Here is a selection of posts from my previous blog at www.TheMichaelmasBlog.blogspot.com. Apologies for formatting issues, the content did not migrate well, and my HTML skills are not equal to the challenge of correcting it!
Wednesday 9 January 2013 Further musings on pastures new
Despite – perhaps because of – smiling wryly at the contrivance of the architecture, I really liked the house – the relatively small scale of the building means that it still manages to be intimate and domestic – one could imagine living there, in the grand manner but without feeling as if one was rattling about in a stately home. The upstairs bedrooms and boudoir, although cunningly oval shaped (even with curved doors!), are modestly sized and furnished. Also, the National Trust has decided to offer a more informal visitor experience, with little in the way of formal routes, and the guides tend to leave you alone unless you engage them in conversation.There are also two collections of interest – the P.M.Ward collection of decorated household objects which occupies the housekeeper’s and maid’s bedrooms upstairs, and the Geler Jones collection of agricultural, domestic, mechanical and craft items. The latter is at the far end of the farm yard, and is only open on Fridays, so we timed our visit well – as well as a traction engine and a couple of threshing machines, there are horse-drawn carts and carriages, and even a hearse! Also tractors, literally thousands of pieces of engineering (mostly agricultural) and a saddlery and clog-making shop. I tried on a pair of ladies’ clogs, complete with metal tipping on the wooden soles, and although a size too large (should have worn my hand-knitted socks!) they were surprisingly comfortable. Coming straight from the house to the Geler Jones collection, I was struck by the contrast – many of the things here were undoubtedly beautiful, but that was ancillary to their principal purpose of being functional, which dictated their form.And then we explored the walled garden, which I think brings form and function together – the walled garden is beautiful, but most of what it grows (apart from a few beds, and the Knot Garden) is edible – fruit trees, herbs in raised beds surrounded by gravel walks, soft fruit, serried ranks of beans filling beds surrounded by clipped hedges, brassicas in rows, rainbow chard the main feature in another bed. The edible blocks of planting, within the formal symmetrical structure of clipped hedge and gravel walk, and punctuated with ornamental ponds (complete with waterlillies, pondskaters and a wonderful green glittering dragonfly) seemed to me to create the near-perfect garden. I think if ever I had the chance to create a garden from scratch, this would be my inspiration.The estate aimed to be self-sufficient, complete with livestock and all the bottling, preserving, brewing, smoking, salting, curing, cheesemaking etc activities which you might expect, along with the inevitable laundry, in the complex of outbuildings attached to the farmyard. Nice little detail – I’d not appreciated before that the sides of the large zinc buckets (in which the laundry was pummelled by a dolly) were ridged, presumably to provide more friction – like having a built-in washboard. Clever.I’d highly recommend Llanerchaeron if you are at all interested in social history, slightly quirky gardens, architecture beyond the usual stately ‘ome, or indeed just walking in lovely surroundings – beyond the walled garden there’s more grounds, with a lake, whilst on the other side of the tearooms there is a footbridge taking you to a network of woodland walks. Oh, and the tearoom’s not bad either – assorted cakes etc and also light lunches. I gather from a regular visitor that the Cawl (Welsh lamb soup/stew) is rather good, and they even had gluten free cakes which made me happy.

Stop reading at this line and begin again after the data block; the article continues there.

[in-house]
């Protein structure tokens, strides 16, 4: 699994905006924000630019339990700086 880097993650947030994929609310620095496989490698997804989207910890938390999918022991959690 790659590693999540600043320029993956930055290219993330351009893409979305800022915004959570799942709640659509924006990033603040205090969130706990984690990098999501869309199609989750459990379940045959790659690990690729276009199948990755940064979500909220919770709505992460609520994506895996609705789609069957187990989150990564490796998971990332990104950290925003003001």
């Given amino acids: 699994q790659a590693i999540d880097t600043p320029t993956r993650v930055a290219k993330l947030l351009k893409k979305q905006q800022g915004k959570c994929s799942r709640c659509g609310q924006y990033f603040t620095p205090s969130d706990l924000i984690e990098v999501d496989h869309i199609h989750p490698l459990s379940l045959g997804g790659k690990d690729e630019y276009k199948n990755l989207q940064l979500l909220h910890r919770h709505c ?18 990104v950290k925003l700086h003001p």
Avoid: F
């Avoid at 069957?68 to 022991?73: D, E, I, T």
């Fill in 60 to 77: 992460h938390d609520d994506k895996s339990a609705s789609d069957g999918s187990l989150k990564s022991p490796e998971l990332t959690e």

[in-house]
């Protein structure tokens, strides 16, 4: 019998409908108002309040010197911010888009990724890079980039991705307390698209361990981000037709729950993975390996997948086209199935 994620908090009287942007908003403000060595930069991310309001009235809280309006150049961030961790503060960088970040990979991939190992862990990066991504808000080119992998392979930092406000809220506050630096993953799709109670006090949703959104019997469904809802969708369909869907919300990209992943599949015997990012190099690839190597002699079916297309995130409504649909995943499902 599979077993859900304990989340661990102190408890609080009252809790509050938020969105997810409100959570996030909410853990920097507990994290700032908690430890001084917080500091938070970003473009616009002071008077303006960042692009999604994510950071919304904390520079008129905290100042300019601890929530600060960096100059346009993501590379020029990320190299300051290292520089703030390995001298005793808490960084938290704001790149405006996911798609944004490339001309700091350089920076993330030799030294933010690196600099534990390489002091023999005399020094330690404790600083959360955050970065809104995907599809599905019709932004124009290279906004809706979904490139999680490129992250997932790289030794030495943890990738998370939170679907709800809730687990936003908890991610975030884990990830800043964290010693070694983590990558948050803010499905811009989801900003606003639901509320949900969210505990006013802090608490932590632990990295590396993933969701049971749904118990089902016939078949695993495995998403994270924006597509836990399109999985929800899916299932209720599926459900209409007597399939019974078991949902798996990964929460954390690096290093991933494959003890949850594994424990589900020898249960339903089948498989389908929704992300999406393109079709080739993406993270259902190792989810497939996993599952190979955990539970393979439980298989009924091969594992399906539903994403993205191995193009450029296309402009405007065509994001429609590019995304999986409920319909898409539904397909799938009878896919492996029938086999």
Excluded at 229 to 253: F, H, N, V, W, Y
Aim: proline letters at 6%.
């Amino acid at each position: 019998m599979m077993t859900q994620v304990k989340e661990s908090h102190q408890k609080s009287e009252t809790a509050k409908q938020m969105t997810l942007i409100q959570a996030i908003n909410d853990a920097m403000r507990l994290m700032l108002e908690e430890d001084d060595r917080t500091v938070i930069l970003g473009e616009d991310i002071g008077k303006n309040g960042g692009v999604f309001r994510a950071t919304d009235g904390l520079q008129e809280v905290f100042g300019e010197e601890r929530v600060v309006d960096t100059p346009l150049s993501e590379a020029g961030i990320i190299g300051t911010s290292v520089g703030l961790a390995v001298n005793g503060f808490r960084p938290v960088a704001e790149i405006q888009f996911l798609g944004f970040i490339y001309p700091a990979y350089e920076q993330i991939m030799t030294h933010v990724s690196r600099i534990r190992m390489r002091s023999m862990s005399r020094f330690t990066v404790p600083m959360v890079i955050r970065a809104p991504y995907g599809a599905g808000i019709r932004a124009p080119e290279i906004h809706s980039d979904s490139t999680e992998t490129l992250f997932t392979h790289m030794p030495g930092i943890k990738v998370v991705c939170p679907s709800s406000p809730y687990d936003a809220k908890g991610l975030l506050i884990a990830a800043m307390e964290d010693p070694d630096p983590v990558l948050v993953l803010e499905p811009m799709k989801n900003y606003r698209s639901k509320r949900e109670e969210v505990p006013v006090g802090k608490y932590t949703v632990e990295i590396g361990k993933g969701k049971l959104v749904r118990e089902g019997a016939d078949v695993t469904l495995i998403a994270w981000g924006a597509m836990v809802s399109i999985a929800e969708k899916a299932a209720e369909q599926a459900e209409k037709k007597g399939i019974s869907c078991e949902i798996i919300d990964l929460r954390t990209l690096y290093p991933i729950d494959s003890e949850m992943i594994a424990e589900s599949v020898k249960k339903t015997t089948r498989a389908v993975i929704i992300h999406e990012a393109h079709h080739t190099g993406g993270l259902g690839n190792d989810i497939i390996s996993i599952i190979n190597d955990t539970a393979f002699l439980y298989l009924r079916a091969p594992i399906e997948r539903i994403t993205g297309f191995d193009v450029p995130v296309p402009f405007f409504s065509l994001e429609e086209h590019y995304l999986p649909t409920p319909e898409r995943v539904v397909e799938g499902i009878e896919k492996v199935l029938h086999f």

But for me, it’s the dialogue between form and function which I shall take away from my visit – and continue to muse upon!